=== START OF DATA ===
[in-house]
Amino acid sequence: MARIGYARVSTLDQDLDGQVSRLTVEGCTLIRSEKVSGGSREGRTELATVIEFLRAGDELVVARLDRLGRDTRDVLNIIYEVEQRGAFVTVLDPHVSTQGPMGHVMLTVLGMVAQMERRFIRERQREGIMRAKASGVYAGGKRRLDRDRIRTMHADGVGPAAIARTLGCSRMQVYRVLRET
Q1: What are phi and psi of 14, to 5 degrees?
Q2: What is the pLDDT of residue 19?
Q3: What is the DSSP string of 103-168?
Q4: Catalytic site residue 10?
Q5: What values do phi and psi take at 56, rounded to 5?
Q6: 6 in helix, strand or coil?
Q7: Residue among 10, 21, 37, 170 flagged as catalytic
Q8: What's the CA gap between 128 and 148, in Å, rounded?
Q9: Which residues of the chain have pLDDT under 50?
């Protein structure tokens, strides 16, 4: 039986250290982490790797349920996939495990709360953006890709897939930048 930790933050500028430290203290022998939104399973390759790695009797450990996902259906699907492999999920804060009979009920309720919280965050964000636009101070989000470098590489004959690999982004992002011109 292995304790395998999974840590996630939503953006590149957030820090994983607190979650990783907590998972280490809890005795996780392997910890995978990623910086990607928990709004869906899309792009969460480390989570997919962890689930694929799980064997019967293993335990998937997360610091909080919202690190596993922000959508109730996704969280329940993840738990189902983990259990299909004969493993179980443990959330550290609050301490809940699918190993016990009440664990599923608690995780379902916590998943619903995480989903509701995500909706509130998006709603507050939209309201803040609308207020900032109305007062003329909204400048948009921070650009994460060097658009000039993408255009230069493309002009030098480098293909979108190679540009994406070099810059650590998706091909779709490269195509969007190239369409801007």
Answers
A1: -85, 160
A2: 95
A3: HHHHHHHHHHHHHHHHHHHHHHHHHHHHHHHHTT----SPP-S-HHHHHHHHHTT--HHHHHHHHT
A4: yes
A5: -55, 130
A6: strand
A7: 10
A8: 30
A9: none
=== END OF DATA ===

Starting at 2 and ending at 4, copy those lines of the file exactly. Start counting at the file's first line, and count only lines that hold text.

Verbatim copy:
Amino acid sequence: MARIGYARVSTLDQDLDGQVSRLTVEGCTLIRSEKVSGGSREGRTELATVIEFLRAGDELVVARLDRLGRDTRDVLNIIYEVEQRGAFVTVLDPHVSTQGPMGHVMLTVLGMVAQMERRFIRERQREGIMRAKASGVYAGGKRRLDRDRIRTMHADGVGPAAIARTLGCSRMQVYRVLRET
Q1: What are phi and psi of 14, to 5 degrees?
Q2: What is the pLDDT of residue 19?